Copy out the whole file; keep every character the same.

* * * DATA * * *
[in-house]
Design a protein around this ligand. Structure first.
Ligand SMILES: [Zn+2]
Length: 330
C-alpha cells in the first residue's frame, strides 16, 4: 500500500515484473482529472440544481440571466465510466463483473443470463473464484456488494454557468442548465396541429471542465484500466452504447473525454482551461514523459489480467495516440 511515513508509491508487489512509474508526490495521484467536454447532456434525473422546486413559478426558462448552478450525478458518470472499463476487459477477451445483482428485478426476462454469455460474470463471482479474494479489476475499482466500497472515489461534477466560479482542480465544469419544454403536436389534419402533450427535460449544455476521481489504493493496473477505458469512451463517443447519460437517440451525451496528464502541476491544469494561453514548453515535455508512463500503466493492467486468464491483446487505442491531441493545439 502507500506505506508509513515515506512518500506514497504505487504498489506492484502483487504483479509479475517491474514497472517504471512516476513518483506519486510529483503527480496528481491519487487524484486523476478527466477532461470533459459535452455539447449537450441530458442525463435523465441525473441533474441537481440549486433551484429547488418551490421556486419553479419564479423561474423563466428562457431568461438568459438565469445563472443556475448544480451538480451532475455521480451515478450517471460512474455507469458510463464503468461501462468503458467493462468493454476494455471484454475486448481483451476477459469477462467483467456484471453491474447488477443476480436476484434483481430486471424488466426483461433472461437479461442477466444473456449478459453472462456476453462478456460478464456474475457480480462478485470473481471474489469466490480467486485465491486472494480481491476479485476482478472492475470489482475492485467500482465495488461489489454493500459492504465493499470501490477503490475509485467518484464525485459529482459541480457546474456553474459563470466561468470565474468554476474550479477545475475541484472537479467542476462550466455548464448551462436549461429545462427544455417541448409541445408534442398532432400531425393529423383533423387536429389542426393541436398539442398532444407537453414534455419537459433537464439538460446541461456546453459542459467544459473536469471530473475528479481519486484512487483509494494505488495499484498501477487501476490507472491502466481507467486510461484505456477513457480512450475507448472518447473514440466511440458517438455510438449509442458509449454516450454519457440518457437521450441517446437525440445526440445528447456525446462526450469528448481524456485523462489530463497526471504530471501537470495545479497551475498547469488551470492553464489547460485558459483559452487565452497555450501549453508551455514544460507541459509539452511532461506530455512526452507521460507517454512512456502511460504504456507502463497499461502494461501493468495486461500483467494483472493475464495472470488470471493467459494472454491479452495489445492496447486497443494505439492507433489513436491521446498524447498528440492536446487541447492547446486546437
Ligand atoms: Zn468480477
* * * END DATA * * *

[in-house]
Design a protein around this ligand. Structure first.
Ligand SMILES: [Zn+2]
Length: 330
C-alpha cells in the first residue's frame, strides 16, 4: 500500500515484473482529472440544481440571466465510466463483473443470463473464484456488494454557468442548465396541429471542465484500466452504447473525454482551461514523459489480467495516440 511515513508509491508487489512509474508526490495521484467536454447532456434525473422546486413559478426558462448552478450525478458518470472499463476487459477477451445483482428485478426476462454469455460474470463471482479474494479489476475499482466500497472515489461534477466560479482542480465544469419544454403536436389534419402533450427535460449544455476521481489504493493496473477505458469512451463517443447519460437517440451525451496528464502541476491544469494561453514548453515535455508512463500503466493492467486468464491483446487505442491531441493545439 502507500506505506508509513515515506512518500506514497504505487504498489506492484502483487504483479509479475517491474514497472517504471512516476513518483506519486510529483503527480496528481491519487487524484486523476478527466477532461470533459459535452455539447449537450441530458442525463435523465441525473441533474441537481440549486433551484429547488418551490421556486419553479419564479423561474423563466428562457431568461438568459438565469445563472443556475448544480451538480451532475455521480451515478450517471460512474455507469458510463464503468461501462468503458467493462468493454476494455471484454475486448481483451476477459469477462467483467456484471453491474447488477443476480436476484434483481430486471424488466426483461433472461437479461442477466444473456449478459453472462456476453462478456460478464456474475457480480462478485470473481471474489469466490480467486485465491486472494480481491476479485476482478472492475470489482475492485467500482465495488461489489454493500459492504465493499470501490477503490475509485467518484464525485459529482459541480457546474456553474459563470466561468470565474468554476474550479477545475475541484472537479467542476462550466455548464448551462436549461429545462427544455417541448409541445408534442398532432400531425393529423383533423387536429389542426393541436398539442398532444407537453414534455419537459433537464439538460446541461456546453459542459467544459473536469471530473475528479481519486484512487483509494494505488495499484498501477487501476490507472491502466481507467486510461484505456477513457480512450475507448472518447473514440466511440458517438455510438449509442458509449454516450454519457440518457437521450441517446437525440445526440445528447456525446462526450469528448481524456485523462489530463497526471504530471501537470495545479497551475498547469488551470492553464489547460485558459483559452487565452497555450501549453508551455514544460507541459509539452511532461506530455512526452507521460507517454512512456502511460504504456507502463497499461502494461501493468495486461500483467494483472493475464495472470488470471493467459494472454491479452495489445492496447486497443494505439492507433489513436491521446498524447498528440492536446487541447492547446486546437
Ligand atoms: Zn468480477